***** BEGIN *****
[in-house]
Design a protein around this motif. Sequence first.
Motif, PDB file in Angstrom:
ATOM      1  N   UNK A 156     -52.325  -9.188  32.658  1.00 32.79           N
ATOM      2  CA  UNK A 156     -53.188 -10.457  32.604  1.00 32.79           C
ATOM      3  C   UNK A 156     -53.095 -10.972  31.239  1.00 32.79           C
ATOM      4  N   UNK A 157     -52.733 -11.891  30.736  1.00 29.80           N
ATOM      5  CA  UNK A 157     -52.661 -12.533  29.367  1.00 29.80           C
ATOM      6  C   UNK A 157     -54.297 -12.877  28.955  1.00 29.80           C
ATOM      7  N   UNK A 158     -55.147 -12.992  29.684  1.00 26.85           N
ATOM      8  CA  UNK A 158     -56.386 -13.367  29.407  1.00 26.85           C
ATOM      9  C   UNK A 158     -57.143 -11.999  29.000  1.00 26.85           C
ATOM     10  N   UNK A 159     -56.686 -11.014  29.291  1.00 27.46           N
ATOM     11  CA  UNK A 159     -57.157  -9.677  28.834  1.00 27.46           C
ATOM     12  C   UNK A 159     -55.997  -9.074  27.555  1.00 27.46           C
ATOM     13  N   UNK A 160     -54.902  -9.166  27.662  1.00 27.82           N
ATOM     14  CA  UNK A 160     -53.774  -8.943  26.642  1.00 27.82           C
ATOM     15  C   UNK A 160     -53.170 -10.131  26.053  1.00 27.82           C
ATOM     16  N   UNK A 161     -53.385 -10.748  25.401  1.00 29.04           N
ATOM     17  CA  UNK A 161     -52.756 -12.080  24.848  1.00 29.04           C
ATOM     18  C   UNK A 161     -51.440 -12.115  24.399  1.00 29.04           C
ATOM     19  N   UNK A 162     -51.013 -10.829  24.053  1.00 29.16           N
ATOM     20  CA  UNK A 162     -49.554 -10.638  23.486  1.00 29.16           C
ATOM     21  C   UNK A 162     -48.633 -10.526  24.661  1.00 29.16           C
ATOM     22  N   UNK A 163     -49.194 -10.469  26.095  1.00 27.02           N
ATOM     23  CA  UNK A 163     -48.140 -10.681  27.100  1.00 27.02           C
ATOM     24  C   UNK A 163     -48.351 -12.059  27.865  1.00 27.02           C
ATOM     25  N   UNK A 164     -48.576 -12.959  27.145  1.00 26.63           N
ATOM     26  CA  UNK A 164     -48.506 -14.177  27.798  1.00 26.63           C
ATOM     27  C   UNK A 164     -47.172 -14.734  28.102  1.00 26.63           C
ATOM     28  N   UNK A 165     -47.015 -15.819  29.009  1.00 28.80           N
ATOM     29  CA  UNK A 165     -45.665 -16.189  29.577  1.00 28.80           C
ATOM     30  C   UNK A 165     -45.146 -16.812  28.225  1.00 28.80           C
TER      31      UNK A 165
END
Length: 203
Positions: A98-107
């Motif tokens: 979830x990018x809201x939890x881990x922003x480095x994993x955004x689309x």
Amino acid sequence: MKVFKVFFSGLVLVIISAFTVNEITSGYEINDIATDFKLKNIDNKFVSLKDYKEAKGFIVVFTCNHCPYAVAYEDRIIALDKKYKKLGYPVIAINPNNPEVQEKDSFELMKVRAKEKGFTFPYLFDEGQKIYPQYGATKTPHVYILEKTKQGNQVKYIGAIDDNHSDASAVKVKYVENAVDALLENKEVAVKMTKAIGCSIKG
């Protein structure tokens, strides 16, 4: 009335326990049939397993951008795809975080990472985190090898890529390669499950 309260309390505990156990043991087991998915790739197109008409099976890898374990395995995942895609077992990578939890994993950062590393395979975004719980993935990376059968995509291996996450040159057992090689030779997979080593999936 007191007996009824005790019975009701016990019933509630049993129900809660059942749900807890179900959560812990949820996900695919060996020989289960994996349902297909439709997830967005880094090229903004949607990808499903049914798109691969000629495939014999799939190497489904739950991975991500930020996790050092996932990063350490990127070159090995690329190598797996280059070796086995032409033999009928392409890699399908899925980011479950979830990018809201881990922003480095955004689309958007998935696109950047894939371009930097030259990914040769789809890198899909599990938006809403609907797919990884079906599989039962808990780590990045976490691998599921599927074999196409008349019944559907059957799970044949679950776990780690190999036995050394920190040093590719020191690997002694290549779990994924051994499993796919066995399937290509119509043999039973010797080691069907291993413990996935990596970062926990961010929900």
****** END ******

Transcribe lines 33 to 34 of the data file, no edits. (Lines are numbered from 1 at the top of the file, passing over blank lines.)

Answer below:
ATOM     30  C   UNK A 165     -45.146 -16.812  28.225  1.00 28.80           C
TER      31      UNK A 165